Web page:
Glorious weather came to Cork over the weekend, as did an influx of leading amateur poker players from Ireland, the United Kingdom and further afield. The occasion was the sixth annual Irish Amateur Poker Championship; the stage – Cork’s Macau Sporting Club.
Players started the tournament with 15,000 chips and a 45 minute clock, but the excellent structure bared its teeth as early as the sixth minute when the Kings of Don Roberts ran into the Aces of fellow English player Paul Gildea. Robert’s hand failed to improve and the Londoner was sent to the rail as the tournament’s first casualty. Robert’s wasn’t alone and several big hands clashed during the opening levels as the field began to whittle down.
A feature of the tournament throughout however was the good humour shown by all competitors and that banter reached a crescendo when stripper Abens Maurice announced that he had to leave his stack to blind for the last hour of play on day one, due to ‘work commitments’ on the south coast. Needless to say the two ladies at his table were merciless in their teasing, but Abens had the last laugh, making the end of day one chip counts with an average stack of 50k. In the melee of the final level, Welsh Amateur Championship runner up JP Round lost his opportunity to assume the lead in the National Amateur Rankings when his pocket Sevens were beaten by Ed Roycroft’s rivered Ace.
Off the baize, many of the players enjoyed the craic at several of Cork’s colourful bars before returning to the Macau on Sunday, their focus set on securing the prestigious Irish Amateur title. 20 players remained as the chips were un-bagged. Among them were two Frenchmen Remy Rollon and Benjamin Abbou, English players Ken McBride and James Ellis, Davie Croke – a runner up in the previous year’s Irish Classic, and lady players Rita Galvin and Valerie McGrath. At the head of the pack was Jason Buckley, holding 132k chips.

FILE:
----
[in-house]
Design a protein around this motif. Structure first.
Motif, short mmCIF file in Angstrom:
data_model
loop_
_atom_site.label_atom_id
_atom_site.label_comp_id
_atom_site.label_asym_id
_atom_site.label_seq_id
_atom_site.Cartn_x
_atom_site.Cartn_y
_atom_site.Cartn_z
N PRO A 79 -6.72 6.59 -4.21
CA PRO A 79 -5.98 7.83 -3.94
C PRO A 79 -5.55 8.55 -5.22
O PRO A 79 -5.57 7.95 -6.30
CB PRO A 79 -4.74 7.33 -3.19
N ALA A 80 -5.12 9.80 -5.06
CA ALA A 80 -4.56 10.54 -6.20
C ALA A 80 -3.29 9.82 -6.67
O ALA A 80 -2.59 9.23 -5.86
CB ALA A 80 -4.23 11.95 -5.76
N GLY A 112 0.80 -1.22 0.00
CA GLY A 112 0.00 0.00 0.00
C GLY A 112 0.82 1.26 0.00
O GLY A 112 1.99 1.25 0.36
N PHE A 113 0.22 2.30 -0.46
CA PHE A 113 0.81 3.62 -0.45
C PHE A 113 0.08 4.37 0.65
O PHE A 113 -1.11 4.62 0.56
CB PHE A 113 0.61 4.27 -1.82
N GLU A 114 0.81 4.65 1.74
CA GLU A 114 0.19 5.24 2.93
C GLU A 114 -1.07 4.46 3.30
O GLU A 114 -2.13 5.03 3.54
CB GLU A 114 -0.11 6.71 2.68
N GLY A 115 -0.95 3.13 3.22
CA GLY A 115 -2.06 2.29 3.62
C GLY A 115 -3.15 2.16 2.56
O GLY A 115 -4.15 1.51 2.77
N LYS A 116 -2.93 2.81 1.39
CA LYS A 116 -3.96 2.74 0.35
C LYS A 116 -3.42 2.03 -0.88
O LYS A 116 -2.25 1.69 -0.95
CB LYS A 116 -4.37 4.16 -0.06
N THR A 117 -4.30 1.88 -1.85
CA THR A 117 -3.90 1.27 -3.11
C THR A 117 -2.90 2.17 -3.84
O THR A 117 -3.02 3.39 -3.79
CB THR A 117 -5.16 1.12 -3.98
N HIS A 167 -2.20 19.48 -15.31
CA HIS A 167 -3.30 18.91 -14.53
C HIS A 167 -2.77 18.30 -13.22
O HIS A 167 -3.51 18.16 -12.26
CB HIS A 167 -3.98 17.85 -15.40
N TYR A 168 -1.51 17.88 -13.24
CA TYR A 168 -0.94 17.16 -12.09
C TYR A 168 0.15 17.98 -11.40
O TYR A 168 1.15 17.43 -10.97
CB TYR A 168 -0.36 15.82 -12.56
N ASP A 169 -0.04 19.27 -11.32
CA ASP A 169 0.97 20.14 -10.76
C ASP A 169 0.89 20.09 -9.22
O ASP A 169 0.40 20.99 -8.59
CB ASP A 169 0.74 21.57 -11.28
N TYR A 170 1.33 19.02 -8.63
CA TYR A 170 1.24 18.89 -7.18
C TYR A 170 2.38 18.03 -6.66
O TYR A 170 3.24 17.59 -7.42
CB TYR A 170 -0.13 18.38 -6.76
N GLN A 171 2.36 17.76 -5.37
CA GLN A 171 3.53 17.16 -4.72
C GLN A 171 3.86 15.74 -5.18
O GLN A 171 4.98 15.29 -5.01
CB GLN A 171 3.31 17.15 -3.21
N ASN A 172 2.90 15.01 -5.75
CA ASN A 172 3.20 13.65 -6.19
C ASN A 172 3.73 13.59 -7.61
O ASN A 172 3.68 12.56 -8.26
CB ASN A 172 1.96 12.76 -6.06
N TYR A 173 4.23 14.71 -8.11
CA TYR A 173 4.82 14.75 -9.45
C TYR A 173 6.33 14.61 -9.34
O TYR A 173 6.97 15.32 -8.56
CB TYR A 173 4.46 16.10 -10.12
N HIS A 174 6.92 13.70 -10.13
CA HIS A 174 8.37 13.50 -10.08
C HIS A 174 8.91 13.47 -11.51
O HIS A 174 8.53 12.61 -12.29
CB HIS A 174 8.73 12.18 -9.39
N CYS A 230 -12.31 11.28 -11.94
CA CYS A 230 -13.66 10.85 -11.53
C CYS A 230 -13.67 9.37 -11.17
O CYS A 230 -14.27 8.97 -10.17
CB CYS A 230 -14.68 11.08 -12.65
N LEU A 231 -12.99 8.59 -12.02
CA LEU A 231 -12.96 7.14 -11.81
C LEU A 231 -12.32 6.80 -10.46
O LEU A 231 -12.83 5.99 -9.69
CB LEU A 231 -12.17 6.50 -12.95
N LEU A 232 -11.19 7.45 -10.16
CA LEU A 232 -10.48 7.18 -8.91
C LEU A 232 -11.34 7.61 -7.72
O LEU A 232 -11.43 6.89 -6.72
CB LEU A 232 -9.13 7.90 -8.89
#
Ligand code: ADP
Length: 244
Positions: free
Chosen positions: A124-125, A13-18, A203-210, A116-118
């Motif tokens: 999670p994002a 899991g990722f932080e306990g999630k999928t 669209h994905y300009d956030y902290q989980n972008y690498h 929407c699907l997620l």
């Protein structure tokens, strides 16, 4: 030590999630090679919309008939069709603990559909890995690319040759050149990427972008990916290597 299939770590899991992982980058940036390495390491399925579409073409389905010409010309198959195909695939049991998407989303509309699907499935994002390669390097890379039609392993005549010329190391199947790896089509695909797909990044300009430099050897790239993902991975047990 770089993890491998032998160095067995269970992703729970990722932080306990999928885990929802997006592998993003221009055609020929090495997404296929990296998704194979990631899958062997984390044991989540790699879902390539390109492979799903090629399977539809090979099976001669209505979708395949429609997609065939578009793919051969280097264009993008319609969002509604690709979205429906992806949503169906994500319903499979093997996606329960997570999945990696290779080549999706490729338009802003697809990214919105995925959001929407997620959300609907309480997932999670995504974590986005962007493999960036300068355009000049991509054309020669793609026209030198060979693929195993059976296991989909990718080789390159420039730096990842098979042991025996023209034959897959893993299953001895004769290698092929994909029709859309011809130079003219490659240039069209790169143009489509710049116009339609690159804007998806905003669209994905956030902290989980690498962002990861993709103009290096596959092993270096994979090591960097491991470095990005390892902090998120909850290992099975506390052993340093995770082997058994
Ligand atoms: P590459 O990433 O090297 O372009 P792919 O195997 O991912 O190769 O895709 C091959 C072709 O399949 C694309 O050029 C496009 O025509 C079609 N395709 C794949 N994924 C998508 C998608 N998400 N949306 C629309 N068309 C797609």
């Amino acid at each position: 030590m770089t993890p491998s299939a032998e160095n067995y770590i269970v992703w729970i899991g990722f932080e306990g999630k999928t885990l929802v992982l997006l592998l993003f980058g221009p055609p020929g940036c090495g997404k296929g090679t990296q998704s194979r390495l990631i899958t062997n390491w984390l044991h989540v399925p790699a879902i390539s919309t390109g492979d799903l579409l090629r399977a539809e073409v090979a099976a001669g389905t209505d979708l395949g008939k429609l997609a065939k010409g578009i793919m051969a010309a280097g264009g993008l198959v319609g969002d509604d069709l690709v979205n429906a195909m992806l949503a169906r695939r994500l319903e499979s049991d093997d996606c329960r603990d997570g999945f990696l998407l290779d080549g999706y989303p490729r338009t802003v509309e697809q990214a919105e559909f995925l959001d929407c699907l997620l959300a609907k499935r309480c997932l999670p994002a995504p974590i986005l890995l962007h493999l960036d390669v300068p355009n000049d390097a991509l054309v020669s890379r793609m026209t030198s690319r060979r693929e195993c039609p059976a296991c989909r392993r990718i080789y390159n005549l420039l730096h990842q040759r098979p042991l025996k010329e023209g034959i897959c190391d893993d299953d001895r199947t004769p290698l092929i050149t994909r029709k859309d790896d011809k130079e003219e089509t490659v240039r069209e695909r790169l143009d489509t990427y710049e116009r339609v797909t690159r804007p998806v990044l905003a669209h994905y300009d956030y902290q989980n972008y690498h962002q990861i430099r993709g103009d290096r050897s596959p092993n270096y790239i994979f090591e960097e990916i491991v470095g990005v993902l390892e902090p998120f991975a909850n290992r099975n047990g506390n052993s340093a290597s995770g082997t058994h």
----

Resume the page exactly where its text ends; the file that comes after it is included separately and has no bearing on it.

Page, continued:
The structure allowed for some wonderful poker throughout the second day and while lots of flops were being seen, bets were carefully measured with few players willing to commit their tournament lives early. Inevitably most of the action was driven when large opening hands like Ace King or Ace Queen, found opponents with medium pocket pairs.
Ellis fell in 17th, his big slick losing to Abbou’s pocket Sixes. Rollon went on the same hand a position later, losing to Henry Port’s pocket Eights. Galvin exited in 14th, leaving Valerie McGrath as the tournament’s leading lady. McBride went in 12th, his Ace Queen beaten by Croke’s Ace Nine, a Nine arriving cruelly on the river. Croke himself bubbled the final table, when his Ace King couldn’t improve against John Quinn’s pocket Queens.
The final table, which was streamed live and supported by a large rail at the Macau, was set as follows:-
Charles McCarthy – 107,200
John Quinn – 291,200
Abens Maurice – 111,600
Henry Port – 118,000
Valerie McGrath – 77,200
Jason Buckley – 134,100
Benjamin Abbou – 107,600
Ronan Milner – 168,200
Dean Murray – 95,400
Valerie McGrath was the first out, to Henry Port’s pocket Aces – with both players hitting trips on an action board. Dean Murray went next, to Benjamin Abbou’s trip Sevens. Henry Port exited in 7th to John Quinn’s pocket Aces – with both players again hitting trips on the board. Shortstack Ronan Milner exited shortly after to Jason Buckley, a lone Ace doing the damage.
Play was five handed for a couple of hours with the chiplead passing amongst the players in a great demonstration of fluid poker.
Buckley was the next to exit, his hand no match for the quad Fours of Abens Maurice. John Quinn went in 4th, Charles McCarthy hitting two pair on the flop. Frenchman Benjamin Abbou went in the Bronze medal position; his turned Nine high flush no match for Maurice’s turned King high flush.
Play ebbed and flowed during a two hour heads up battle but it was Skibereen player Charles McCarthy who took the title when his Ace King outkicked his American opponent’s Ace Nine in the pivotal hand of the tournament. McCarthy had received a lot of support locally and his win was a fitting end to a great tournament at the Macau. In addition to the title, the Corkman also won an APAT National Gold Medal, €2,200 in prize money and a seat at a Genting Poker Series main event.
APAT will return with the five event European Championship of Amateur Poker at Nottingham’s Dusk Till Dawn cardroom in late August. Details can be found at www.apat.com.